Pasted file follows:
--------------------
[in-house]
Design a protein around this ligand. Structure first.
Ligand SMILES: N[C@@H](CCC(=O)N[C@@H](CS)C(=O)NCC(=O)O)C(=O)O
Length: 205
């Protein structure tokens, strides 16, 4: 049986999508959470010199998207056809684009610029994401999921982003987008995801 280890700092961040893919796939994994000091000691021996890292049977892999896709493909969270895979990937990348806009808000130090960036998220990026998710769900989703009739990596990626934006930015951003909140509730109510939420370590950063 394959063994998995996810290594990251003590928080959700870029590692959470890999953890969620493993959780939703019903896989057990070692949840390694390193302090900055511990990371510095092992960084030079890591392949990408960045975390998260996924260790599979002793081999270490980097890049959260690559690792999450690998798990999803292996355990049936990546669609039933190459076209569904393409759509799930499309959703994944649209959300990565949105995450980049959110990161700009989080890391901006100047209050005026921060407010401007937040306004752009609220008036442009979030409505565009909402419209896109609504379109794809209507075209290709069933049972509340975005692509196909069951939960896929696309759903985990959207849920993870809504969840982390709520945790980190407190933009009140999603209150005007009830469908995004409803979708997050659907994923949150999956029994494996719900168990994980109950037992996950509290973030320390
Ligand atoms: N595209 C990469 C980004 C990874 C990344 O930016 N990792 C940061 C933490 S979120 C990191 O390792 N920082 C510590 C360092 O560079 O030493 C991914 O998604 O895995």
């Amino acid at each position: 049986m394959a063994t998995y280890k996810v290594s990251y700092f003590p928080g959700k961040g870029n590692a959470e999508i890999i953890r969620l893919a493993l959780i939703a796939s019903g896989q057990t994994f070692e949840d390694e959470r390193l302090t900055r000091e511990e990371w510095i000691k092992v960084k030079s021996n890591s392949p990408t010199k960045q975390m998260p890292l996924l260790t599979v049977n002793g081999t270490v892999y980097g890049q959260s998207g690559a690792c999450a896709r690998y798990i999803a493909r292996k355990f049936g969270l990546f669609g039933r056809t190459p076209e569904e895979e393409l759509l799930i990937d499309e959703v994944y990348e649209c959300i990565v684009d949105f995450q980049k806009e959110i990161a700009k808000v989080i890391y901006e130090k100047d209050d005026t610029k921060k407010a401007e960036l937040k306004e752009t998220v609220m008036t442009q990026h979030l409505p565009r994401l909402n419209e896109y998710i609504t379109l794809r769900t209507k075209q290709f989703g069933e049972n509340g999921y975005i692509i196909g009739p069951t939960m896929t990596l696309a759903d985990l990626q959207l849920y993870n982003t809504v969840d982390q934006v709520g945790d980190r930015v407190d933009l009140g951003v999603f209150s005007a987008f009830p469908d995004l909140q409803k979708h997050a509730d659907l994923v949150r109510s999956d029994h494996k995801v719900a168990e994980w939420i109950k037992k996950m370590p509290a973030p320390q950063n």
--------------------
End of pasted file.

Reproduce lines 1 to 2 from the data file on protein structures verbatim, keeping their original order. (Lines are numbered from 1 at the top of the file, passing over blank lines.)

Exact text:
[in-house]
Design a protein around this ligand. Structure first.